Shaving isn’t just a fast, easy way to get rid of unwanted hair in less than 10 minutes. It also has a ton of other benefits, which is precisely why celebrity facialist Kate Somerville advises her long list of Hollywood client, like Jessica Alba, to shave not just their legs, but their faces, too.
“I hate to say this, but personally I get hairs above my upper lip, and have forever,” Somerville told the New York Times, confessing that she lathers up with her own brand of face wash once a week, and shaves her face with the men’s Gillette Mach3 razor. “Initially I did it because of the hair, but then I noticed that it was a great exfoliant and that my makeup went on a lot better.”
Although Somerville declined to admit who amongst her celebrity clients shaves her face, she recommends it widely, and says that many of her clients comply. She also heard from an aesthetician who worked with both Marilyn Monroe and Elizabeth Taylor that the two late starlets used to shave their faces as well.
However, most women tend to avoid shaving their face out of fear that the method is counterintuitive, that they’ll wind up with a beard bigger than Joaquin Phoenix’s look from 2010.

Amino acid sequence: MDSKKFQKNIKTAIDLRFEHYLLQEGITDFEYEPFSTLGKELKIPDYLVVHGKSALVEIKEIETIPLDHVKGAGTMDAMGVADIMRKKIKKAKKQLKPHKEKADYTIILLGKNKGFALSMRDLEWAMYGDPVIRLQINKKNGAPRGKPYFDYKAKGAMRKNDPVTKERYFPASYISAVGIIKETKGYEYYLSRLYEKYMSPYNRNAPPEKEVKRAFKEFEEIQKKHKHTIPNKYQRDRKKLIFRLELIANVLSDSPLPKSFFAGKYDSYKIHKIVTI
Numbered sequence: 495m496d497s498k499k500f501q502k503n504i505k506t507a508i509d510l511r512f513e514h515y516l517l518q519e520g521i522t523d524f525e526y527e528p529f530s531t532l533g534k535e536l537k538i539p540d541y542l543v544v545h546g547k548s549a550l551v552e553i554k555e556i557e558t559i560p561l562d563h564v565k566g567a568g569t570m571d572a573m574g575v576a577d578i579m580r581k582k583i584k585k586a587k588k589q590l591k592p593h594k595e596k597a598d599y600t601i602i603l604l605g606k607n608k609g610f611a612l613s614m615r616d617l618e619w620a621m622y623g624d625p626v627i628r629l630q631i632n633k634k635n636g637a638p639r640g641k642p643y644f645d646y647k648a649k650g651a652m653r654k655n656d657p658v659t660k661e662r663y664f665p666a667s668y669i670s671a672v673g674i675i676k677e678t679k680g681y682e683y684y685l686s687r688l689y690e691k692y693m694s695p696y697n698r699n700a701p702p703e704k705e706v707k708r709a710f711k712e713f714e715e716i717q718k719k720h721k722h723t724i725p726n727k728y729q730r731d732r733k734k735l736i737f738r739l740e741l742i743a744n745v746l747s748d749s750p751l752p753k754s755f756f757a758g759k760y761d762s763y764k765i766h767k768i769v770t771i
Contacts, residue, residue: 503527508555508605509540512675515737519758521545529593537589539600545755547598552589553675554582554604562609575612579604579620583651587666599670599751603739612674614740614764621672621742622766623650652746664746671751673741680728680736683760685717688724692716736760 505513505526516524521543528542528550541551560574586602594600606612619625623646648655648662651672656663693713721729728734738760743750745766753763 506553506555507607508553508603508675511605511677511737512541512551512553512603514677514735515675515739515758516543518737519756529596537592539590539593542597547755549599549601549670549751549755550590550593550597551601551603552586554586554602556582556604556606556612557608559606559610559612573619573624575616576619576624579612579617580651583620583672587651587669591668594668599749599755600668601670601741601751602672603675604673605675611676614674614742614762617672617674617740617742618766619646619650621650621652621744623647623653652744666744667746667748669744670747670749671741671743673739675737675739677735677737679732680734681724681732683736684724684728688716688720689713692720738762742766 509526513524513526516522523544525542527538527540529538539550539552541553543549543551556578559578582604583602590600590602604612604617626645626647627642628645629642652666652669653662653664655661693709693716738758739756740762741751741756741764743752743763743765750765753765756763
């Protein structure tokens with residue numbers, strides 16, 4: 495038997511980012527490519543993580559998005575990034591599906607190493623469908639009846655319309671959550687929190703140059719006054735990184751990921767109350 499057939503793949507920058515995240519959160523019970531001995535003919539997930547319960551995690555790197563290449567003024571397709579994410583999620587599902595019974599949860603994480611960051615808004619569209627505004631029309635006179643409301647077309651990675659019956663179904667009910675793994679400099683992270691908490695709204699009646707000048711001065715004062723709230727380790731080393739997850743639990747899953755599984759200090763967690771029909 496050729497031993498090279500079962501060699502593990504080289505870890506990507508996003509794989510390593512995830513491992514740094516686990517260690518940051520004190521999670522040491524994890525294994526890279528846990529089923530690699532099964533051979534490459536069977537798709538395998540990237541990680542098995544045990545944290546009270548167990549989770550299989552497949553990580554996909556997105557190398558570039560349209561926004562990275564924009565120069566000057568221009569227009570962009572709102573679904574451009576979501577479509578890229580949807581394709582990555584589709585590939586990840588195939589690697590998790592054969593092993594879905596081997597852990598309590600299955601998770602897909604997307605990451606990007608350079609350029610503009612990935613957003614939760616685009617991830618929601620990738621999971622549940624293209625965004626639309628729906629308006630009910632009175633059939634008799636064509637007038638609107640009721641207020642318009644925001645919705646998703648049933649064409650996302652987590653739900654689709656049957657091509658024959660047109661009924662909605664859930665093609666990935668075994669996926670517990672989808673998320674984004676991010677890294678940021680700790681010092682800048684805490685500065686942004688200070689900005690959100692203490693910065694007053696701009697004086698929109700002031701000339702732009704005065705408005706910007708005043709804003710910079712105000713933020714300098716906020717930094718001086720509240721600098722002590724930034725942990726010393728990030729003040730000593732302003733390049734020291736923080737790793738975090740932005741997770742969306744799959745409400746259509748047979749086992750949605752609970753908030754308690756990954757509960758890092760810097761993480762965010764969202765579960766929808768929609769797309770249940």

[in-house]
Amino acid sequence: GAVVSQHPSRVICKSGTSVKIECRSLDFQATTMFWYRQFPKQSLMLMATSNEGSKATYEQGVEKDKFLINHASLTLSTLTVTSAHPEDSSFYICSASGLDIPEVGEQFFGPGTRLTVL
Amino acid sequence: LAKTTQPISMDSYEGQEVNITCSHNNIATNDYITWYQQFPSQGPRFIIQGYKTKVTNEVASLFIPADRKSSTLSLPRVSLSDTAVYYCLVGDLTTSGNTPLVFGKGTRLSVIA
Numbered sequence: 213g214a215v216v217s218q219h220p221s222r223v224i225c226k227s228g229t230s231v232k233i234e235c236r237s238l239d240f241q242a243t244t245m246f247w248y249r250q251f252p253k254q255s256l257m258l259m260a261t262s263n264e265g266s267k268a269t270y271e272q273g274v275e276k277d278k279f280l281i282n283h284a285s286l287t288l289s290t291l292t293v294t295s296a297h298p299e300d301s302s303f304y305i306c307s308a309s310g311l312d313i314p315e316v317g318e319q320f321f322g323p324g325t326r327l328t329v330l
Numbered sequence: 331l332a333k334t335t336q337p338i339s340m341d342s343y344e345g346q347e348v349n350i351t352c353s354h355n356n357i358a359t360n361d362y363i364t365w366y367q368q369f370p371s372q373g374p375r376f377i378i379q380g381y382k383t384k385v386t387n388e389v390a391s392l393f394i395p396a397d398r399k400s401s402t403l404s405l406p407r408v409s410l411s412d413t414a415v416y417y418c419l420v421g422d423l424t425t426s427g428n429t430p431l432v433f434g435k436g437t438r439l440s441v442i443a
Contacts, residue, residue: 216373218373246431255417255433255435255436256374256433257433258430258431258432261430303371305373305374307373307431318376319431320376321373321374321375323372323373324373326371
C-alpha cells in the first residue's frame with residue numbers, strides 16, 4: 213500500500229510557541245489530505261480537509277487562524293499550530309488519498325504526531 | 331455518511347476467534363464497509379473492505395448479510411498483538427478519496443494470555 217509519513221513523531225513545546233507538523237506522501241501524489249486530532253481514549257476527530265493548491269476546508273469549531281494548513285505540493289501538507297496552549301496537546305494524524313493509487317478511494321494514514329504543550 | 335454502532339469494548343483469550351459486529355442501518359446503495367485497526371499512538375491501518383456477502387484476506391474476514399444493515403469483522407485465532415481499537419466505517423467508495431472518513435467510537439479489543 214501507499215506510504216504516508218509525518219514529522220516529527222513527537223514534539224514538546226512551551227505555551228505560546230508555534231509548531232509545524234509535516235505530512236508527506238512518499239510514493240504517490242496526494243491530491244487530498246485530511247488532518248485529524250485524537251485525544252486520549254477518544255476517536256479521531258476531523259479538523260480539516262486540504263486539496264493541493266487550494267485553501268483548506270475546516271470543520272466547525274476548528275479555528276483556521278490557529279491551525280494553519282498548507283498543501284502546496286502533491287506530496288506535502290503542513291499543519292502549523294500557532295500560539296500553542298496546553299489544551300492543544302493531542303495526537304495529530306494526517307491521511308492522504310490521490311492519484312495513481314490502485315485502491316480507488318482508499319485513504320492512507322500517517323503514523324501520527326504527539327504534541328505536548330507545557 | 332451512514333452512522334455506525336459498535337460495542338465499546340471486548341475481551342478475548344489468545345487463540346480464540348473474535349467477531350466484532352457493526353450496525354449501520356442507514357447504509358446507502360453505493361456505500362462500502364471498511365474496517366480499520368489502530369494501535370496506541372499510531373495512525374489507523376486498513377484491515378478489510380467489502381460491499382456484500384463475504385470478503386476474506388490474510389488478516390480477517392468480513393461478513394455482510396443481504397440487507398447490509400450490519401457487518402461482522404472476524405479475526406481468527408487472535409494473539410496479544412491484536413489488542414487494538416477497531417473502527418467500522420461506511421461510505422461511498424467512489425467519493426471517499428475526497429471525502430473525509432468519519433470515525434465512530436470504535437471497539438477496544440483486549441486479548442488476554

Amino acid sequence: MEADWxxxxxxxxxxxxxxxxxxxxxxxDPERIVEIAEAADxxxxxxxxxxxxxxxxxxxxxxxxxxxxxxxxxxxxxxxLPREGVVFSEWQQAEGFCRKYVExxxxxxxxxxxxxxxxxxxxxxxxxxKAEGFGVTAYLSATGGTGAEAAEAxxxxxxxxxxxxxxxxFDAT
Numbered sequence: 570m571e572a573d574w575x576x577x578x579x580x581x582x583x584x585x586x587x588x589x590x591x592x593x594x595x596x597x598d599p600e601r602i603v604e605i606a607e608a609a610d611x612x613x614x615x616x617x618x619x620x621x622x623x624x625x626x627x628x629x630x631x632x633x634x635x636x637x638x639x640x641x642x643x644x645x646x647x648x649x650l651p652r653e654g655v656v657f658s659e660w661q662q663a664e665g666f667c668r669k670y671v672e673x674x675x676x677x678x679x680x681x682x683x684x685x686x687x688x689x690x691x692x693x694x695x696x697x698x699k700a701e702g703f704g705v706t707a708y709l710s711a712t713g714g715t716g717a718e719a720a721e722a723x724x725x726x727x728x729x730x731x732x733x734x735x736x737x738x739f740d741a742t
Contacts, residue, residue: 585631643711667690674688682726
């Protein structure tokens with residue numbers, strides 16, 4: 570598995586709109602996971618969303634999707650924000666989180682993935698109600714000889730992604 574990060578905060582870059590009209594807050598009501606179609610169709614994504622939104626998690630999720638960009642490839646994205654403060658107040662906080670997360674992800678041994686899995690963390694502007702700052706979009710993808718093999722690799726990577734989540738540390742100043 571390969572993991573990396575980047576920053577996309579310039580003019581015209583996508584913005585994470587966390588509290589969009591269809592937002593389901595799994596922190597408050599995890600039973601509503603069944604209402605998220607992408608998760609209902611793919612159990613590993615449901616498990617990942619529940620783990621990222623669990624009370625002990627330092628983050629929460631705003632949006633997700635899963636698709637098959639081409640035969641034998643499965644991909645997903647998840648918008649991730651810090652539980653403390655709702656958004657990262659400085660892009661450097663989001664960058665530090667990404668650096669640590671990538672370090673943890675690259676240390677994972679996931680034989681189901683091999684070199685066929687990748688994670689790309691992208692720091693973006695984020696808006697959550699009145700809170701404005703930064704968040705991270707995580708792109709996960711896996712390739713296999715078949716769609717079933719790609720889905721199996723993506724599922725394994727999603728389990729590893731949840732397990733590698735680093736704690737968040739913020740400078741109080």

This is an unnecessary worry.
“It is definitely a myth that shaving will make the hair coarser or darker,” Elizabeth K. Hale, a clinical associate professor of dermatology at the NYU Langone Medical Center, told the New York Times.
Even more fascinating, women commonly shave their face in Japan, where the practice even has its own name: kao sori.
Andrea Bai McCann, who grew up watching her Japanese grandmother shave her face, shaves her own face about twice a month.
“I’m not like a bearded lady, but I’m very self-conscious about my sideburns,” McCann, who uploaded a face-shaving tutorial to YouTube, told the New York Times. “And I’m big into makeup and skin care, so why not have the smoothest canvas possible?”